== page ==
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    Were these infant’s delays secondary to fetal distress and hypoxia?

    Facts:

    The patient, age 43, presented to the emergency room at Defendant Hospital on 9/4/12 for confirmation of pregnancy diagnosed with an at-home test and for prenatal care. She already had 2 children1. Exam revealed a well-appearing, well-nourished female in no apparent distress with a closed os and no vaginal bleeding. A sonogram confirmed an intrauterine pregnancy, and lab work was positive for an early pregnancy and a urinary tract infection. The patient was discharged to home with antibiotics and Zantac (for acid reflux) and instructed to follow up in the high-risk clinic. 

    Screening by nursing staff on 9/5/12 documented the last menstrual period as 7/21/12 and an estimated date of confinement (EDC) of 4/27/13, with a current gestational age of 6w4d. Cervical length was normal. The patient’s pre-pregnancy weight was 142 lb. Urine HCG testing was positive and a maternal quad screen was positive for Down syndrome.2 The prenatal course was also noted to be significant for a low-lying placenta. The record stated that the patient wished to continue her pregnancy and declined amniocentesis.

    On 9/24/12, the patient was 9w2d pregnant, weighed 141.5 lb and her blood pressure (BP) was 103/64. Exam revealed a fundal height of 9 cm. Fetal well-being was reassuring. The patient was reported to be at risk due to hypertension and cholestasis (believed to be from previous pregnancy). Because of her advanced maternal age, she was again referred to the high-risk clinic. She was started on ferrous sulfate, folic acid and prenatal vitamins. Prenatal testing appeared to be within normal limits. 

    On 10/2/12, the patient’s chest x-ray was negative for active tuberculosis. She was evaluated by genetics on 10/13/12 and the age-related risk for fetal aneuploidy was 1 in 30. The benefits/limitations of the maternal serum screen and fetal anatomy ultrasound were reviewed with her and she again declined amniocentesis.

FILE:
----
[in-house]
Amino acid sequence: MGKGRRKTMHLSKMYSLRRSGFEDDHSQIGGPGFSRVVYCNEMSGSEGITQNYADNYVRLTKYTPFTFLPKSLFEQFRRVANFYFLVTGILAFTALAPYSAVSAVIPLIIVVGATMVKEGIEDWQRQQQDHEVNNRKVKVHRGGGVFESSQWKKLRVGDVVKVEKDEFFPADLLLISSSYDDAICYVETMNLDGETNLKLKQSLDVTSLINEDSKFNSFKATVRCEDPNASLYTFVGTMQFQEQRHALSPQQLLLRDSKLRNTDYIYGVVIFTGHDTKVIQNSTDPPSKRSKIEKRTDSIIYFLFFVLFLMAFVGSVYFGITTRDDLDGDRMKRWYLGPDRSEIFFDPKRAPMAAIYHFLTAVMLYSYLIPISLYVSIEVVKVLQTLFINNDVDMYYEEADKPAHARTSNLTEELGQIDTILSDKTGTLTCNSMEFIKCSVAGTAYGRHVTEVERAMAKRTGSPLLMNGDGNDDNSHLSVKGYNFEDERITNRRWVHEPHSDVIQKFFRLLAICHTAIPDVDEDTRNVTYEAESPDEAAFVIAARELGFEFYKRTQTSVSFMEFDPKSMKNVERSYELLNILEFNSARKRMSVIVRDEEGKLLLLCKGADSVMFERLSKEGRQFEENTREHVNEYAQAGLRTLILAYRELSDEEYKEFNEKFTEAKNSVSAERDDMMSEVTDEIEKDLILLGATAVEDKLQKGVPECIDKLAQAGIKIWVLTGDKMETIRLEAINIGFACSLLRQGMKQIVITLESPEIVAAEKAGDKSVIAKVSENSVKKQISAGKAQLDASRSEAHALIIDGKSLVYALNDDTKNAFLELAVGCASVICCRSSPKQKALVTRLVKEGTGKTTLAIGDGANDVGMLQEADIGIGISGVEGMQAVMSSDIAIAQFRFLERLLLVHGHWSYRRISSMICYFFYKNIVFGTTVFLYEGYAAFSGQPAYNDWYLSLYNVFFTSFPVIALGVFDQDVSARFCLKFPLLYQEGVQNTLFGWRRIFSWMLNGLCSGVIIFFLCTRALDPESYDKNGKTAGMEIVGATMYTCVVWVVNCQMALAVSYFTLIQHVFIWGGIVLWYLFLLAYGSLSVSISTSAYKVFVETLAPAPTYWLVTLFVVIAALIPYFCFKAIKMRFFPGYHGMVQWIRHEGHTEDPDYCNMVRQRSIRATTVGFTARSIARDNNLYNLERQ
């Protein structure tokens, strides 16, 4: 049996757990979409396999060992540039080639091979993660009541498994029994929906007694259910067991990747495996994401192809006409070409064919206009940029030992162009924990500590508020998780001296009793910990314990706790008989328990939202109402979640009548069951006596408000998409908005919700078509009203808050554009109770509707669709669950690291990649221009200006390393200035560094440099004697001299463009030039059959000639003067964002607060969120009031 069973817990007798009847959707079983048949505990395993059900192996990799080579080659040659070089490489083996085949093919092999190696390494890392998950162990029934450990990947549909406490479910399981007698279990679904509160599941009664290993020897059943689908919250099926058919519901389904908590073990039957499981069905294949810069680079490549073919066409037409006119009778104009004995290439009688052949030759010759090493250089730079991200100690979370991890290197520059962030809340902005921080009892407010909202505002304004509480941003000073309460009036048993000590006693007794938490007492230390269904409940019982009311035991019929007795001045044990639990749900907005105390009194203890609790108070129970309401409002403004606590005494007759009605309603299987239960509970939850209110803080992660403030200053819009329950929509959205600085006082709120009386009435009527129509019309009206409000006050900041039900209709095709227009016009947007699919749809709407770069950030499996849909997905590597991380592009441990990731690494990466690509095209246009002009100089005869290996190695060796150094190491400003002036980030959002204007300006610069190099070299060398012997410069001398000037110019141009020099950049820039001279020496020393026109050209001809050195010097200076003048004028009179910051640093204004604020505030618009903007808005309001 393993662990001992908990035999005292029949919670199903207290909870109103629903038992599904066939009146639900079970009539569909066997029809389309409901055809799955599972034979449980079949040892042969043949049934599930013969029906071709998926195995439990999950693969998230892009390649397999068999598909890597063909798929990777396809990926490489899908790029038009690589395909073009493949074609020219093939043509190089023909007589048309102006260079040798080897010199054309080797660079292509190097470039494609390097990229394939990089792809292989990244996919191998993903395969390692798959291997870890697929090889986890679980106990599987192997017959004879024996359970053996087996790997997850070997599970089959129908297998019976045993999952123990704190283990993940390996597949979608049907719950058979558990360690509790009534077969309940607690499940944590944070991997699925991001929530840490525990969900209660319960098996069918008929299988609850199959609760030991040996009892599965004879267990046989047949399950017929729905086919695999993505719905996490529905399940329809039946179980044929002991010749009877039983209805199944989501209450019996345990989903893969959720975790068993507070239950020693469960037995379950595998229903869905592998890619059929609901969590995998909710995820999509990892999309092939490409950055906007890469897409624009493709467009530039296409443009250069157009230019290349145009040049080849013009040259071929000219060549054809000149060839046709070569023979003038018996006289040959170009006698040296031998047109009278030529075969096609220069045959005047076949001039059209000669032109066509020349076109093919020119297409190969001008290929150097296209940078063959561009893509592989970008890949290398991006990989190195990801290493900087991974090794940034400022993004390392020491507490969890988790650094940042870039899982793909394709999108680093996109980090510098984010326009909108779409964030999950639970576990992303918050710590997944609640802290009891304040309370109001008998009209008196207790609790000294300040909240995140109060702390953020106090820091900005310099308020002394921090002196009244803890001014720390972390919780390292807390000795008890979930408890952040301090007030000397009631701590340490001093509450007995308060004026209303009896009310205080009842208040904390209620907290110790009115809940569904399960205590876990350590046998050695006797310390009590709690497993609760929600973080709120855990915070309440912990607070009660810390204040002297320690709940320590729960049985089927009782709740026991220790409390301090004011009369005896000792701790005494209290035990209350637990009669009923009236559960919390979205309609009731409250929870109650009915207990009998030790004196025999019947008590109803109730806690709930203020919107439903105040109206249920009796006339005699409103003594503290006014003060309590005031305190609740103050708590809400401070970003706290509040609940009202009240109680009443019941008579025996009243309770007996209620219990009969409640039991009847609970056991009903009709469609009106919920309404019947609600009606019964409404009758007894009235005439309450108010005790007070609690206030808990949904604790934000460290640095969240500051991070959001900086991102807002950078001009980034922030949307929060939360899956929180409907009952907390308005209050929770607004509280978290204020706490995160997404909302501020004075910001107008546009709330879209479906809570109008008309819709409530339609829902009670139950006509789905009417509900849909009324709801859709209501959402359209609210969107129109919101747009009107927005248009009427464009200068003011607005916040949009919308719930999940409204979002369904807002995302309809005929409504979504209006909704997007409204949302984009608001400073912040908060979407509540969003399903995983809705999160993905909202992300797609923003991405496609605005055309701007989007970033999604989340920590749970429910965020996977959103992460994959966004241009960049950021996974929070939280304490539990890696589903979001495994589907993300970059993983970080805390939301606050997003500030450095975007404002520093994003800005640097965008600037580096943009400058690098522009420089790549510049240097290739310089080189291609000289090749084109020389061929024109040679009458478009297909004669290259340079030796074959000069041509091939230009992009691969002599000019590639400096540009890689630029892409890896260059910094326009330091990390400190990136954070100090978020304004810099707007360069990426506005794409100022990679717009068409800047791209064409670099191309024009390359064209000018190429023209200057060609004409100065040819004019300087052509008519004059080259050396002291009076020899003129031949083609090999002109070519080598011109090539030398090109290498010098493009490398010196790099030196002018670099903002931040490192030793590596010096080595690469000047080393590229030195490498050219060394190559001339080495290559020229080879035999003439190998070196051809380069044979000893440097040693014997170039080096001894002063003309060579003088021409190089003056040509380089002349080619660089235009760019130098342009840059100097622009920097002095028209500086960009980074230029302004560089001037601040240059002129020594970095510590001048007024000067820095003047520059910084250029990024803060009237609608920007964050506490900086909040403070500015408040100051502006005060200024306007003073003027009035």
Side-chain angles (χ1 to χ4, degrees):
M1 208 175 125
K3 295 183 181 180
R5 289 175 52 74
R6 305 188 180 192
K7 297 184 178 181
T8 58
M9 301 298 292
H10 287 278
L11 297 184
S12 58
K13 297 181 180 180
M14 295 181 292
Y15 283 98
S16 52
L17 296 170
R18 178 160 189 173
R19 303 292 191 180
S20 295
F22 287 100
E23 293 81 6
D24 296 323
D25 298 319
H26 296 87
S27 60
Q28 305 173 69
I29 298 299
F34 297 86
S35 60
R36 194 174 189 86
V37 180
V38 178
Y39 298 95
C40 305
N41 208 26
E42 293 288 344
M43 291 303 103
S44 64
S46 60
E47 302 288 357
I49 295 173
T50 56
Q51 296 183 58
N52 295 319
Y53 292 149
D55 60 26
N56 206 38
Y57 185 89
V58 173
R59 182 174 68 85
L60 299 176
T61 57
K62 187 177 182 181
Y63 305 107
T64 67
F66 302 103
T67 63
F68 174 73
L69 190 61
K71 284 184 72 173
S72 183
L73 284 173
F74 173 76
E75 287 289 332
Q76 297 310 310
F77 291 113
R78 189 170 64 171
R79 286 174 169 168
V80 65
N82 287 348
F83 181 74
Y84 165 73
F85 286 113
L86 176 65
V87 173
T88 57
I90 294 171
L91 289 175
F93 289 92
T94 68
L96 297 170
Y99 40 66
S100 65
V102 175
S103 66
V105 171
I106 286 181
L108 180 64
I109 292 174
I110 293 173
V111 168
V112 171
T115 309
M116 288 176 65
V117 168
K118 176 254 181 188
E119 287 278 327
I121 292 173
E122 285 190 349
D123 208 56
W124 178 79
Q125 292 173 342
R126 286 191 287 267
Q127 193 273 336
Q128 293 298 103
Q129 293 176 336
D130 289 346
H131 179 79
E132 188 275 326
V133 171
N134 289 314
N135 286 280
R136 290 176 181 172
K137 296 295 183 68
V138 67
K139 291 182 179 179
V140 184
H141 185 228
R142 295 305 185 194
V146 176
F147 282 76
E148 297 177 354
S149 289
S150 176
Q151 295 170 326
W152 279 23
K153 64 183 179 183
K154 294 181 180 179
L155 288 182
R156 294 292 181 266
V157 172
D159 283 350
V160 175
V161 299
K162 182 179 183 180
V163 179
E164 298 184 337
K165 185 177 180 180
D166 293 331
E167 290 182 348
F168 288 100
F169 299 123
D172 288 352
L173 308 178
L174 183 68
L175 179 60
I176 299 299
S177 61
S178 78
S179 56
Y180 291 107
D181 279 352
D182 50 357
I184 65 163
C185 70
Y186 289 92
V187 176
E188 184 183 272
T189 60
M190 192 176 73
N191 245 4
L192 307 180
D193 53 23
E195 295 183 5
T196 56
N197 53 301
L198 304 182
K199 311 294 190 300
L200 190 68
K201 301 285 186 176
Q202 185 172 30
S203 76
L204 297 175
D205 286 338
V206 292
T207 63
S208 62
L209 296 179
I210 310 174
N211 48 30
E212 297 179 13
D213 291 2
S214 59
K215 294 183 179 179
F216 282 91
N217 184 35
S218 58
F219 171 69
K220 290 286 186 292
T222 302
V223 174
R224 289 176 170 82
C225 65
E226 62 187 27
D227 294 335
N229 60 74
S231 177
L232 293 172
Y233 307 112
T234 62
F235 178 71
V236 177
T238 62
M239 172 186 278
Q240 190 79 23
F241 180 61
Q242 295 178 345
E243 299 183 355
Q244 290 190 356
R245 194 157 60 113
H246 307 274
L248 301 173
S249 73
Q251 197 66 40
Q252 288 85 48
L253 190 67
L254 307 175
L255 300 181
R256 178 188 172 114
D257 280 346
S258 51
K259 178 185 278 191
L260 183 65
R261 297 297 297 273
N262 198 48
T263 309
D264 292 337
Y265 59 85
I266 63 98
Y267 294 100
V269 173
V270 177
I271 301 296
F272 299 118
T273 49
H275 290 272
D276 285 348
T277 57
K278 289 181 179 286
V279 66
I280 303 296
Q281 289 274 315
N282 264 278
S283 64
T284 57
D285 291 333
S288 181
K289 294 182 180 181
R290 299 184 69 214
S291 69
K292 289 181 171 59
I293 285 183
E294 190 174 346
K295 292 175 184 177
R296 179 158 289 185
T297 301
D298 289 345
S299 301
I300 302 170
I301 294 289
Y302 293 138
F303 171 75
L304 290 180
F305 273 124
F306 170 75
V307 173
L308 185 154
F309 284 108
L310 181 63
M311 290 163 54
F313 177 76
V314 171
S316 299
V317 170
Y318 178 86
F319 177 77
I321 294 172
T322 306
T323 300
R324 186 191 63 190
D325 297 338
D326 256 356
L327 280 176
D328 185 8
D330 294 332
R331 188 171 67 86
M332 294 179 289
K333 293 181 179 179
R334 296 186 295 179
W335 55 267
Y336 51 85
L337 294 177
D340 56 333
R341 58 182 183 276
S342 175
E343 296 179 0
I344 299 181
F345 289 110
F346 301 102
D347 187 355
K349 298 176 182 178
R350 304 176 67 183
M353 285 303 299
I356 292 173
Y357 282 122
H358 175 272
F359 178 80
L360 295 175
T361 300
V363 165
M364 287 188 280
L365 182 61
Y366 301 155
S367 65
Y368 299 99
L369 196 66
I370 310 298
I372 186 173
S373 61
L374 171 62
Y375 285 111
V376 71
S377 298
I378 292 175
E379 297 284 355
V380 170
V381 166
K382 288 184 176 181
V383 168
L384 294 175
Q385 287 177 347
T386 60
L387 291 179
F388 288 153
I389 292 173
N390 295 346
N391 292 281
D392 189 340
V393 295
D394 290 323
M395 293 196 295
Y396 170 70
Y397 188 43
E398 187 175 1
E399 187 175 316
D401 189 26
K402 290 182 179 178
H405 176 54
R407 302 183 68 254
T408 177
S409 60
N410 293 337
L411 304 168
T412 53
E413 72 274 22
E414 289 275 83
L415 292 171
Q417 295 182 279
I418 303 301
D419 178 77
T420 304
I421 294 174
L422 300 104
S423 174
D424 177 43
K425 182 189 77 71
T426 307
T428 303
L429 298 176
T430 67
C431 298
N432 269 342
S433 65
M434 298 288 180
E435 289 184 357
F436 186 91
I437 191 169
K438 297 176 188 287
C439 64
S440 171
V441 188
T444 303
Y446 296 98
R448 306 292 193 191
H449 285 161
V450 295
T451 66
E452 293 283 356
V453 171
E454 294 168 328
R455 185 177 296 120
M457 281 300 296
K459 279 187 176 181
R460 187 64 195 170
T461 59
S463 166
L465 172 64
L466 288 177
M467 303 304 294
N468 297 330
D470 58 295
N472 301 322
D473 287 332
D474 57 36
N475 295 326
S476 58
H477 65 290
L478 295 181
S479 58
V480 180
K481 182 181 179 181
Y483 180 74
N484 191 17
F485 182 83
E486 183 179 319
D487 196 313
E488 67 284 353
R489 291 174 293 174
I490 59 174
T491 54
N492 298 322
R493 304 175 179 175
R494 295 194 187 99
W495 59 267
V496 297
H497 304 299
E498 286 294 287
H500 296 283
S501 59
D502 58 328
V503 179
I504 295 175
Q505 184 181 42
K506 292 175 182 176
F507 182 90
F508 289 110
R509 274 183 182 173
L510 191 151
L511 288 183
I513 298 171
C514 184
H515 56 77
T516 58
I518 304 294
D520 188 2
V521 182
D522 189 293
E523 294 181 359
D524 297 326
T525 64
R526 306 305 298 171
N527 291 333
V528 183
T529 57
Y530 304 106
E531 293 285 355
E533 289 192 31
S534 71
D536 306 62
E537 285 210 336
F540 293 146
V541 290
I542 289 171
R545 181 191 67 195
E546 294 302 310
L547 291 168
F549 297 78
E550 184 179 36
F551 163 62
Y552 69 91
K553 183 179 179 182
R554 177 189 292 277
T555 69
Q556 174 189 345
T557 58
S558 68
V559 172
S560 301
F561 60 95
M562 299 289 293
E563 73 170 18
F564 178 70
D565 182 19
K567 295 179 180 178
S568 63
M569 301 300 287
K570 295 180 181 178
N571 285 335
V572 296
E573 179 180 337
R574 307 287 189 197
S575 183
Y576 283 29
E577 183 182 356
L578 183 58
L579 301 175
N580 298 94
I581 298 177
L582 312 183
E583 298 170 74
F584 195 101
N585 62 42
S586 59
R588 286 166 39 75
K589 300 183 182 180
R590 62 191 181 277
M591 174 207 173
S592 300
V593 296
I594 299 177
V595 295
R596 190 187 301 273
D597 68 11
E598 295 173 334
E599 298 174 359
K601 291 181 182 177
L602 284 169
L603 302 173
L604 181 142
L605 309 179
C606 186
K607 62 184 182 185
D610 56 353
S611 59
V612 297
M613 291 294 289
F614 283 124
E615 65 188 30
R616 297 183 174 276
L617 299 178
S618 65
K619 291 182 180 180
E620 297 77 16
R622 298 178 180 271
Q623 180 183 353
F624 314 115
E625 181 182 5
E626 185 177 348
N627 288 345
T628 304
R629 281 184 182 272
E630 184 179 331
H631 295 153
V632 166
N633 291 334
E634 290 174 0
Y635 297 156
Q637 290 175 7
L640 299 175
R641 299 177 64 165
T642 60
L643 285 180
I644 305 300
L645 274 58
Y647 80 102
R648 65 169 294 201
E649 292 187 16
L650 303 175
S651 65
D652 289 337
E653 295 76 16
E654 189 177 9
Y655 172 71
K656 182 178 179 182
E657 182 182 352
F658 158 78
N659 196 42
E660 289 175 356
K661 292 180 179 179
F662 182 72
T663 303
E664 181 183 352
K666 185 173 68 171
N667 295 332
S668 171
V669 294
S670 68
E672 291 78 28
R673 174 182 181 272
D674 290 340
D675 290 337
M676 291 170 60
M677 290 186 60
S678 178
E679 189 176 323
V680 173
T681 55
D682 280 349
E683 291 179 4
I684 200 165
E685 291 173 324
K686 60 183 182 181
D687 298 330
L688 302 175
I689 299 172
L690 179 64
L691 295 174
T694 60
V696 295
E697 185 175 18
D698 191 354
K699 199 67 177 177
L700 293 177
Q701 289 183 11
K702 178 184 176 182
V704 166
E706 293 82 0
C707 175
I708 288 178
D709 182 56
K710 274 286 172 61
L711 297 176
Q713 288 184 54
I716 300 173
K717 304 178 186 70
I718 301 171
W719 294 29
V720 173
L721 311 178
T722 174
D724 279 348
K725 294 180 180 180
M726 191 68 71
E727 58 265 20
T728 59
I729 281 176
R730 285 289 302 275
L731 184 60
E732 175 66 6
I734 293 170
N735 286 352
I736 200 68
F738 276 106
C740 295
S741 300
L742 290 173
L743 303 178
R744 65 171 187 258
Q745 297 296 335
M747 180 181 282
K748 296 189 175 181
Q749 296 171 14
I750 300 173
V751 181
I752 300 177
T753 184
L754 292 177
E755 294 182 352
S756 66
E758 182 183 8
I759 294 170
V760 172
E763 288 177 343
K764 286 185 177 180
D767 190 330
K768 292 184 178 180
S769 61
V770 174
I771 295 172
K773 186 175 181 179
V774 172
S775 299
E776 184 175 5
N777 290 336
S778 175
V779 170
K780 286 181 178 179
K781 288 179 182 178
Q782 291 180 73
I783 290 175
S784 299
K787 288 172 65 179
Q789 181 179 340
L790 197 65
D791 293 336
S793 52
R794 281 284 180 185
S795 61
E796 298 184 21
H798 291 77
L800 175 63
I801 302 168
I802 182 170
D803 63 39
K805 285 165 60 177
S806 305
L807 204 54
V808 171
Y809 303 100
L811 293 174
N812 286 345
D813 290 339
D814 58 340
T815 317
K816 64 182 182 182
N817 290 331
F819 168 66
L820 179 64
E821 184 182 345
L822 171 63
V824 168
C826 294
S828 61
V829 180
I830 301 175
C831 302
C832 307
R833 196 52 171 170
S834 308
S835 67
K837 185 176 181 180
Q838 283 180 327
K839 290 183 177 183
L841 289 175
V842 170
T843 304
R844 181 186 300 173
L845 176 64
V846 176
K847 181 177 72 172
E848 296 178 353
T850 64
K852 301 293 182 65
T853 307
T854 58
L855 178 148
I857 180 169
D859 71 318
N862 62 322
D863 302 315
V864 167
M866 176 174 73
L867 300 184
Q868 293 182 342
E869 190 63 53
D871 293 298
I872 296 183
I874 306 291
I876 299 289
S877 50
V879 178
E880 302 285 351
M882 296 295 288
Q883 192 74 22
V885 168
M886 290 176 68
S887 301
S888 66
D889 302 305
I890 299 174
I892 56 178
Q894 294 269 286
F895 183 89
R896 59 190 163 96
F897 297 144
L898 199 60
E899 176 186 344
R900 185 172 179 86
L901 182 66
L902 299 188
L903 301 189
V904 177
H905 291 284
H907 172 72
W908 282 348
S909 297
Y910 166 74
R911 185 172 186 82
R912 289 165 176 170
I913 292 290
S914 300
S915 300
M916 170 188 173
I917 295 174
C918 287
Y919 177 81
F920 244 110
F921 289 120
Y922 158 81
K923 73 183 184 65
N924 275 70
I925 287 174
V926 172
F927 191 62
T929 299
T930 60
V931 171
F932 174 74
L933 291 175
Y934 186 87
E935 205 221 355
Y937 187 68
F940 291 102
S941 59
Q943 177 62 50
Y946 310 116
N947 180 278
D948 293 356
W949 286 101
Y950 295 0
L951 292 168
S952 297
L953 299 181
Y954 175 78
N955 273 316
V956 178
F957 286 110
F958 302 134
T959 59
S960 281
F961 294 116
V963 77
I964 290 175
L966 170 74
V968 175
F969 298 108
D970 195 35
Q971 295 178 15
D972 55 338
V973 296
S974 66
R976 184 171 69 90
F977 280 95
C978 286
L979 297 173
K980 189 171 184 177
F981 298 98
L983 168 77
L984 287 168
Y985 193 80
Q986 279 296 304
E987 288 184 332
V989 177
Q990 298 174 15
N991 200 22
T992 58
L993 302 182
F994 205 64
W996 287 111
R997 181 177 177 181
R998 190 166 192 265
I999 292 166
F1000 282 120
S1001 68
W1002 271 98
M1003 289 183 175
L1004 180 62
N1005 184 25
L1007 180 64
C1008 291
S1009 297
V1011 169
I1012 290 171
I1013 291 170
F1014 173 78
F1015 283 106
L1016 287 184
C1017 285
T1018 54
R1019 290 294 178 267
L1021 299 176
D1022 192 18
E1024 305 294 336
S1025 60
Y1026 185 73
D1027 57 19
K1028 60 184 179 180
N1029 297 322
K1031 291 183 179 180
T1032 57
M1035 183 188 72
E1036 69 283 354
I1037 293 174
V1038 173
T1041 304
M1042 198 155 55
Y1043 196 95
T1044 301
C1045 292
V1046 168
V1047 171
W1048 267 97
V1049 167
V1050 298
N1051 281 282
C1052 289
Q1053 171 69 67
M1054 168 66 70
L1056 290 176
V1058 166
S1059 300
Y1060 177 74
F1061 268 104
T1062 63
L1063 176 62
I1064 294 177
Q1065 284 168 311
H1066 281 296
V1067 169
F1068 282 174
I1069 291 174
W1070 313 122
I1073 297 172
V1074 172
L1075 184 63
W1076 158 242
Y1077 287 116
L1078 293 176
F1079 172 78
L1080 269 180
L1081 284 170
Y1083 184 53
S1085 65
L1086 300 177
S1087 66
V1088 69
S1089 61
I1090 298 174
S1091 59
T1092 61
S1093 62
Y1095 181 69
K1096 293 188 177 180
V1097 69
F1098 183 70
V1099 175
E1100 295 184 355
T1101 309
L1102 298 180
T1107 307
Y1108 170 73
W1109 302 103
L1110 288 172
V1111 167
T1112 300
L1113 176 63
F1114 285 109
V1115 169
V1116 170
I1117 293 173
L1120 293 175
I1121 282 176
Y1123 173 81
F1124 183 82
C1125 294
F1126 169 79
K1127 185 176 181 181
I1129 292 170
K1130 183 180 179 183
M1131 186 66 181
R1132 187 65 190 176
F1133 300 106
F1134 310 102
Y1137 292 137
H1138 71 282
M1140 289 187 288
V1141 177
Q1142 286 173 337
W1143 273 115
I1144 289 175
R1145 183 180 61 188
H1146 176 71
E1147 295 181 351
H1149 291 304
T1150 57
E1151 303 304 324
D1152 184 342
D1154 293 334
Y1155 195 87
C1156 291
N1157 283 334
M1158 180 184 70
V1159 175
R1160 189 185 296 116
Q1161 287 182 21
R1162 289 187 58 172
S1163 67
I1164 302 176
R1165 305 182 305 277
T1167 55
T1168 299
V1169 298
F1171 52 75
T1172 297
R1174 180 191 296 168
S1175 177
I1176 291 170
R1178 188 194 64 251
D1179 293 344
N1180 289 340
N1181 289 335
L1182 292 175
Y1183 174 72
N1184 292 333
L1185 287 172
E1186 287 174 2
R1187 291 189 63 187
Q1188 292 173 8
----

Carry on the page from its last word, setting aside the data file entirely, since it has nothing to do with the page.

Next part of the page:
The patient was evaluated in the high-risk clinic on 10/18/12 by Dr. A. At 14w1d both fetal activity and fetal heart beat were present. The patient was scheduled for a follow-up sonogram in 1 week and re-dated by sonogram to 12 weeks.  

    On 10/20/12, a maternal quad screen was positive for Down syndrome and negative for open neural tube defects. On her return to the genetics clinic on 11/7/12, the risk of Down syndrome was noted to be more than 1 in 10.  Amniocentesis was again discussed and the woman declined.

    At 18w1d, the patient was evaluated in the high-risk clinic by Dr. B. A fetal heartbeat and good movement were noted, and cervical length was normal at 4 cm. Pregnancy-induced hypertension labs and 24-hour urine were reported to be normal. Urine testing revealed trace protein. Vaginal progesterone was started due to the woman’s history of preterm birth.

    On 11/29/12, 12/20/12 and 1/10/13, the patient was evaluated by MFM attending Dr. C in the high-risk clinic. On 11/29/12, her cervical length was reported as normal, with fetal and cardiac activity present and fundal height consistent with gestational age. On 1/10/13 Dr. C noted that the placenta was still low-lying and the patient was normotensive. Testing for syphilis was negative and a 1-hour glucose level was within normal limits. On 1/31/13, trace pedal edema and slightly decreased hemoglobin levels were noted by Dr. C and iron supplements were increased.

    Dr. E evaluated the patient in the prenatal clinic on 2/14/13. At 31w1d, the fundal height was 30 cm and maternal BP was 108/61. The visit was normal and without issue.

    NEXT: "On 2/25/13, the patient presented to labor and delivery triage"

    Andrew I. Kaplan, Esq
    Mr. Kaplan is a partner at Aaronson, Rappaport, Feinstein & Deutsch, LLP, specializing in medical malpractice defense and healthcare ...

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    • UBM User
      No hypoxia at birth as documented by a cord gas and immediate neonatal examination essentially nullifies any theory of intrapartum asphyxia. Also, by deduction, and as commented by an expert, the neonatal behavior after cord clamping also suggests a preexisting metabolic or end-organ neurologic etiology. So, was the neurologic impairment CAUSED by the obstetrical team's failure to deliver the patient sooner? At what precise moment did this baby's intrauterine environment become hostile to sustain intrauterine hypoxic encephalopathy? Because this last question cannot be precisely answered, the case was understandably settled. The uncertainty principle favors the plaintiff's theory of causation rather than to provide for a defense. Most importantly is the theorem that our current tort law system fails miserably at any attempt to be reliable, therefore, it would be folly to present this case to a lay jury who, despite instructions to the contrary, would be totally overwhelmed with sympathy for this family. As a result, obstetricians are the default go-to payment mechanism for attempting to right the wrongs of nature.

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